23 Sep 2021

Pensions snapshot - September 2021

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Overview

A number of changes are coming from 1 October 2021: are you ready?

  • New criminal offences and civil enforcement powers of the Pensions Regulator (the Regulator) come into force from 1 October 2021.
  • Certain schemes will need to comply with governance and disclosure obligations in line with the recommendations of the Task Force on Climate-related Financial Disclosures.
  • Defined benefit schemes will need to publish an implementation statement on their website by 30 September 2021.

The notifiable events regime is being expanded

  • Draft regulations have been published expanding the notifiable events regime by extending the events that need to be notified to the Regulator, the time period over which notification is required and the amount of information to be communicated to the Regulator.

Upcoming changes for defined contribution schemes – value for members and investment return disclosures

  • New regulations will come into force on 1 October 2021 which will require a value for members assessment to be undertaken in the report on the first scheme year that ends after 31 December 2021.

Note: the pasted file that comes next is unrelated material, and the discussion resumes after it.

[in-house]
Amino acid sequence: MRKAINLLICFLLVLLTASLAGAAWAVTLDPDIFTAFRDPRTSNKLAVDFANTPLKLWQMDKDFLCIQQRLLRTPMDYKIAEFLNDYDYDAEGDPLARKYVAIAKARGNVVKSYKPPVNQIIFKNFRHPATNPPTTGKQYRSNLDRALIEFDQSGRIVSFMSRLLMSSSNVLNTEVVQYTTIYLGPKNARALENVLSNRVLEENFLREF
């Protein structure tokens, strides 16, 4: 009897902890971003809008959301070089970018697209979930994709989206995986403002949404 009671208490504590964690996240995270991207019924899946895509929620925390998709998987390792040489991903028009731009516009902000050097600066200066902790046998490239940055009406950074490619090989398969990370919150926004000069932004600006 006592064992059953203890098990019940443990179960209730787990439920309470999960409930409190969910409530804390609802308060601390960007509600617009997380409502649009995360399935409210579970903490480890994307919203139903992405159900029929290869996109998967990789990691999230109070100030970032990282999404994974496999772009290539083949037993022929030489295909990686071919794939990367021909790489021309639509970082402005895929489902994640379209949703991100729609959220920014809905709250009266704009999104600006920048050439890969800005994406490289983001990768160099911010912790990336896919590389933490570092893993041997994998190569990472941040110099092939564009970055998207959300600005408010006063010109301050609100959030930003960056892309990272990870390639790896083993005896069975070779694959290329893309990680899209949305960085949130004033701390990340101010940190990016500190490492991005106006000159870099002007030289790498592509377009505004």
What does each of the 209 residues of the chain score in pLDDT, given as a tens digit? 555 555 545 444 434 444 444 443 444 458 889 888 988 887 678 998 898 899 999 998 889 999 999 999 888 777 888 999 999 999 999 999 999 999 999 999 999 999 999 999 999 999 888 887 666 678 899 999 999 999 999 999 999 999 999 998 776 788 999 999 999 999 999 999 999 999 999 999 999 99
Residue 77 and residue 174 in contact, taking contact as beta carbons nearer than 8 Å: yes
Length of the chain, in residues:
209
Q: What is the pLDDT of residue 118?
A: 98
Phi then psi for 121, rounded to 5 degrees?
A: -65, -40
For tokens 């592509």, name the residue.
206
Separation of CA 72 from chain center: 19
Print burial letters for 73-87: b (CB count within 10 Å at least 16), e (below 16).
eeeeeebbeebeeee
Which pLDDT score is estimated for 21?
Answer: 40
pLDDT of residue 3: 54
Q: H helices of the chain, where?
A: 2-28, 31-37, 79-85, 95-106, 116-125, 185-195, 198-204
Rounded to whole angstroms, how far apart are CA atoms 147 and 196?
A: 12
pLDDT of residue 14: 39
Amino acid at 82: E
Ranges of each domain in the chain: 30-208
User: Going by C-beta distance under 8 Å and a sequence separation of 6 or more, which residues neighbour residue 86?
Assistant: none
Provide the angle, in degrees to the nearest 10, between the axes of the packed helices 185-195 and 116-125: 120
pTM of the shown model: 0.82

• Trustees of relevant schemes will also need to state in their annual chair's statement the investment returns net of costs and charges for default arrangements and self-selected funds.

A number of changes are coming from 1 October 2021: are you ready?

A number of new obligations are coming into force with effect from 1 October 2021. Those who are affected should ensure they are prepared for these.

Topic

Details

Which schemes are affected

New criminal offences and civil enforcement powers of the Regulator

The Regulator has been granted extended powers under the Pension Schemes Act 2021 and most of these come into force on 1 October 2021. These include the creation of new offences in respect of defined benefit schemes for:

  • The avoidance of an employer debt
  • Conduct risking accrued scheme benefits
  • Failure to comply with a contribution notice

There is some concern in the industry that the new extended powers will see sponsors of defined benefit schemes become nervous of distributing large dividends or providing generous executive remuneration in case it is viewed as "value leakage".

Defined benefit pension schemes

 

 

 

Compliance with TCFD obligations

Affected schemes will have to comply with governance and disclosure obligations in line with the 11 recommendations of the Task Force on Climate-related Financial Disclosures.

  • Occupational pension schemes with net assets exceeding £5 billion
  • Authorised master trusts